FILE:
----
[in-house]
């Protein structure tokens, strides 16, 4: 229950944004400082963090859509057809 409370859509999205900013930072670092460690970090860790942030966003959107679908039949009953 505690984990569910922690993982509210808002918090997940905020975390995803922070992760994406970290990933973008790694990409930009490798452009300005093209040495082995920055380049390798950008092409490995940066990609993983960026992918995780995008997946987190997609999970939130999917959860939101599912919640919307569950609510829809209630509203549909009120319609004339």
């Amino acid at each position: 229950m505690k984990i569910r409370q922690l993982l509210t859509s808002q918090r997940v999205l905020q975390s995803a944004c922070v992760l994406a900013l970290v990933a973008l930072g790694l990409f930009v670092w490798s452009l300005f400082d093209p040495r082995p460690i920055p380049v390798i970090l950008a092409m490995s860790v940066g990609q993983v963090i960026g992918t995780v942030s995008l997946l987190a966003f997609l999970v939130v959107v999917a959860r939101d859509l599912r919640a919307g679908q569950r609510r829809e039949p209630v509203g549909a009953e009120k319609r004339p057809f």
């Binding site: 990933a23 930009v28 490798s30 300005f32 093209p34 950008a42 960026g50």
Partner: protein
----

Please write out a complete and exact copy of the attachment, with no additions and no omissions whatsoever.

[in-house]
């Protein structure tokens, strides 16, 4: 229950944004400082963090859509057809 409370859509999205900013930072670092460690970090860790942030966003959107679908039949009953 505690984990569910922690993982509210808002918090997940905020975390995803922070992760994406970290990933973008790694990409930009490798452009300005093209040495082995920055380049390798950008092409490995940066990609993983960026992918995780995008997946987190997609999970939130999917959860939101599912919640919307569950609510829809209630509203549909009120319609004339």
């Amino acid at each position: 229950m505690k984990i569910r409370q922690l993982l509210t859509s808002q918090r997940v999205l905020q975390s995803a944004c922070v992760l994406a900013l970290v990933a973008l930072g790694l990409f930009v670092w490798s452009l300005f400082d093209p040495r082995p460690i920055p380049v390798i970090l950008a092409m490995s860790v940066g990609q993983v963090i960026g992918t995780v942030s995008l997946l987190a966003f997609l999970v939130v959107v999917a959860r939101d859509l599912r919640a919307g679908q569950r609510r829809e039949p209630v509203g549909a009953e009120k319609r004339p057809f």
């Binding site: 990933a23 930009v28 490798s30 300005f32 093209p34 950008a42 960026g50």
Partner: protein